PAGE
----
Friday, June 09, 2006

McBrien: Messed Up

Fr. McBrien,in his undiminished capacity as leader of the heterodox, crystallizes for us his pet peeves with the direction the Church is going in.

Fr. McBrien's disappointments:

Father Andrew Greeley, a distinguished author and sociologist, has frequently pointed out that it was not the Council but Pope Paul VI's 1968 birth-control encyclical, Humanae Vitae, that opened the breach within the post-conciliar Church. If the pope had sided with the 2-1 majority of his Birth Control Commission and modified the official teaching on contraception, the post-Vatican II history of the Church might look entirely different.

Now I wonder what practical difference it makes. If the number of Catholics who use contraception in violation of the Church's teaching is as high as it seems to be- why does Fr. McBrien care? He cares because he wants the Church to capitulate to modernity. That makes Fr. McBrien a prophet and not just the aging, bored and boring dissident that he remains.

And McBrien attempts to warn us about Bishop Finn, of Kansas City, Missouri, lionized here on this very blog, he says:

And yet the new bishop of Kansas City-St. Joseph, Robert Finn, a member of Opus Dei, has been dismantling much of what had been put in place by his three immediate predecessors: Charles Helmsing (1962-77), John Sullivan (1977-93), and Raymond Boland (1993-2005).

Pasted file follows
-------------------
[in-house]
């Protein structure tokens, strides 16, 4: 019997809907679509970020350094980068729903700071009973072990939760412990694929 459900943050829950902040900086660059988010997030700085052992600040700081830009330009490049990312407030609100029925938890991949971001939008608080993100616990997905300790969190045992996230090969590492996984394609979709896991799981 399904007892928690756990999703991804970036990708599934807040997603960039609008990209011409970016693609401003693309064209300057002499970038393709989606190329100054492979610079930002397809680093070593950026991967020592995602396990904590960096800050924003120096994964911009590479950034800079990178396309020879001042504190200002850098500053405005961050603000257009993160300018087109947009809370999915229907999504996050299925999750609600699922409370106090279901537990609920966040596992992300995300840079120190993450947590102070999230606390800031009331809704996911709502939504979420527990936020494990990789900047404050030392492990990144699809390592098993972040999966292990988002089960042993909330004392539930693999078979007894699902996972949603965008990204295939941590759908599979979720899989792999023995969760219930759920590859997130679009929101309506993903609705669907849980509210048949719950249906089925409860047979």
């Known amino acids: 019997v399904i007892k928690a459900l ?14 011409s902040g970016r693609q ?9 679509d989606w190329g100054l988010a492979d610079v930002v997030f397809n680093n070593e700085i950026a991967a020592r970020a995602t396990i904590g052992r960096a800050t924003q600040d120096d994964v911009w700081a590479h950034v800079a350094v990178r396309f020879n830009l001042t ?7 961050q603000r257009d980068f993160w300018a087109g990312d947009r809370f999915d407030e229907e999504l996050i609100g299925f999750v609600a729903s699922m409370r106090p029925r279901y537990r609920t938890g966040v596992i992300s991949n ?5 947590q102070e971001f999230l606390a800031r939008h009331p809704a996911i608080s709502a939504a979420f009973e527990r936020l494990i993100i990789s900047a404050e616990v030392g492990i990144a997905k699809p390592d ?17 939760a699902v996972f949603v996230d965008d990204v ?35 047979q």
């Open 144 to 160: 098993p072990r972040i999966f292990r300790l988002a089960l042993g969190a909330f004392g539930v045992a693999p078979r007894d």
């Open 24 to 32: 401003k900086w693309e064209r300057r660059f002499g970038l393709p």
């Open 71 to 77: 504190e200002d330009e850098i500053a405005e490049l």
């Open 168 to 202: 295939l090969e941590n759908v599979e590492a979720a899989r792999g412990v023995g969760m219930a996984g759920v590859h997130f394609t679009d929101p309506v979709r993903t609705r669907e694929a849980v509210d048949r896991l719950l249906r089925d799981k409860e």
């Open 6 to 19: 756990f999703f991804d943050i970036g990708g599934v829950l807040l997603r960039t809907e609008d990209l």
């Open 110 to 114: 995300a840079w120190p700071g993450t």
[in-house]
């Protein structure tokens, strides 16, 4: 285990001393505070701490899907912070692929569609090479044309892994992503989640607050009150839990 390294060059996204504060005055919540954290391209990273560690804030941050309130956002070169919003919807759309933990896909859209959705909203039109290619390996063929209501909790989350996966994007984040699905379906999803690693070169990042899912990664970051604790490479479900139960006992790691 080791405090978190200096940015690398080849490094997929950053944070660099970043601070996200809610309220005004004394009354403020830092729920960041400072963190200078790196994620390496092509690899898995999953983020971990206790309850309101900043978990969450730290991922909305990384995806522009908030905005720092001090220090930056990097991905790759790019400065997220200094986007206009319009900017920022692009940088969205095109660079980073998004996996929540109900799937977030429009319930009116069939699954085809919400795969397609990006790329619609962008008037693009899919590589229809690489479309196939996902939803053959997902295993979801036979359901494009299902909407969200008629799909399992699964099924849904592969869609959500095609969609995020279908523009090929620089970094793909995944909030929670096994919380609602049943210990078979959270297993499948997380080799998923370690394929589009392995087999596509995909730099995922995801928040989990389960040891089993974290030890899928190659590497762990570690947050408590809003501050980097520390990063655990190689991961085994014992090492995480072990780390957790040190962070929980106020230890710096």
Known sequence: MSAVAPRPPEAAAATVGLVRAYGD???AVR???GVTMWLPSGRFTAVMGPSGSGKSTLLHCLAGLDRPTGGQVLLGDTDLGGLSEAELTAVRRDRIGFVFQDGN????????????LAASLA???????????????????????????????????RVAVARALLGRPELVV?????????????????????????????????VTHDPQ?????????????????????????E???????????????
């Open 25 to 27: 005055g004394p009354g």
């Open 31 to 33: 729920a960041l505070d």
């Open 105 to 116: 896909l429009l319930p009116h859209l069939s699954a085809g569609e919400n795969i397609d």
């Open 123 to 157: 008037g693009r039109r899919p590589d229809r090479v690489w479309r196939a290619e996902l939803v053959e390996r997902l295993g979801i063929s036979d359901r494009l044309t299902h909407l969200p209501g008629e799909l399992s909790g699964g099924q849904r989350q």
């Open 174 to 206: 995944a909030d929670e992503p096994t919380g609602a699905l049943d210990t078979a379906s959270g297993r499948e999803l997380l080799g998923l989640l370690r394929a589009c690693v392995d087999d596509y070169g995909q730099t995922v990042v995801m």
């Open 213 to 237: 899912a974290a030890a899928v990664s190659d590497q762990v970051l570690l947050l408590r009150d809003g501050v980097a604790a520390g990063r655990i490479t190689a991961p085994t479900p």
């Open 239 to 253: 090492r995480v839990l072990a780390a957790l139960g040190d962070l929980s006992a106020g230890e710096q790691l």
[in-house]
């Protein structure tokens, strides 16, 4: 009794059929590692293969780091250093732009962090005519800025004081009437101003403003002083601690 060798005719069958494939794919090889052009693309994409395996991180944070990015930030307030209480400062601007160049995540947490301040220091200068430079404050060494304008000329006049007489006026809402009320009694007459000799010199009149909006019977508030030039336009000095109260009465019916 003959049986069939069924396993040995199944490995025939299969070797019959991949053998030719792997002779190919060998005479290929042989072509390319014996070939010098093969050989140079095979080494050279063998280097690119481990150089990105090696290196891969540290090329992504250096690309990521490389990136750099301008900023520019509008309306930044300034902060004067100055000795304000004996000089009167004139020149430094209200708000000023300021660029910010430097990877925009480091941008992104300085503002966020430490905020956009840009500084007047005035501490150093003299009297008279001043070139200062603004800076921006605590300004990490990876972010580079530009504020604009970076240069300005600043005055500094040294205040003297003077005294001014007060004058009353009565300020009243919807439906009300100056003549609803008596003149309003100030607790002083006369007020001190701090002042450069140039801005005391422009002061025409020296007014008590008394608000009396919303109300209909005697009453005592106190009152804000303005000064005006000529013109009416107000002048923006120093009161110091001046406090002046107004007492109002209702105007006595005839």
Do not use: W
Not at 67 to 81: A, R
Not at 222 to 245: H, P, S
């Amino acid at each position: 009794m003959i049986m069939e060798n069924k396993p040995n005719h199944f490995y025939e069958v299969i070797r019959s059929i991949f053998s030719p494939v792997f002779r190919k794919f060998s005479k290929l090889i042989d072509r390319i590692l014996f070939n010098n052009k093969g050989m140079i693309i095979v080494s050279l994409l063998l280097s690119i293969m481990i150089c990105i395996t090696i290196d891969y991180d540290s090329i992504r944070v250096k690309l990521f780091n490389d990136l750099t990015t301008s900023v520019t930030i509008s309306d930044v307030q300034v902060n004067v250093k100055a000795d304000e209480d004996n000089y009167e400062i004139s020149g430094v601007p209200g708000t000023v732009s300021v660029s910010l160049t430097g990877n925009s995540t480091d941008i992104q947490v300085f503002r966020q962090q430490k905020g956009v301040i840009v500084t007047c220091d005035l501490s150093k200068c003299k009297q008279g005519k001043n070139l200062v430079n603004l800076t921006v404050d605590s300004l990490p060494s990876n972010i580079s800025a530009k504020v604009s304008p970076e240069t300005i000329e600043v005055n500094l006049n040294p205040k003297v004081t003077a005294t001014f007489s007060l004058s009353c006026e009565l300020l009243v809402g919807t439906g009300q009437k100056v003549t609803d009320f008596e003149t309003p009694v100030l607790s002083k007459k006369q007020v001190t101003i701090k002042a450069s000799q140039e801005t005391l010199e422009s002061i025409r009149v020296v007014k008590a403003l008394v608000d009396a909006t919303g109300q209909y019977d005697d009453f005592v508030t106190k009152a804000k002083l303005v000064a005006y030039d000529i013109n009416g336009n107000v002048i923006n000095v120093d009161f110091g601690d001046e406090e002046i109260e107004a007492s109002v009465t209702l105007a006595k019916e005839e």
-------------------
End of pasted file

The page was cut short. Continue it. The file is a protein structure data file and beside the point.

Priests, nuns and lay people who have served in various diocesan offices and agencies established and supported by these three bishops have, in a matter of months, been fired or resigned, and programs have been closed down or suffered cuts in budget and staff (National Catholic Reporter, May 12).

Were Bishops Helmsing, Sullivan and Boland unworthy shepherds, like the hired hands mentioned in the Fourth Gospel (John 10: 12-13)? Did they lead their flocks astray or throw them to the wolves? Were they grievously wrong in their pastoral teachings, policies and appointments? If so, how is a Catholic to know when any bishop is to be respected and obeyed, and when he is not?

Actually, it's very easy to decide when a bishop is to be obeyed. There are a few indicators- a shepherd of souls is vocal in support of human life, dedicated to catechesis, a preserver of tradition and is no slave to the changing winds of political correctness. True it is a select, elite group but they shine like stars in the sky.

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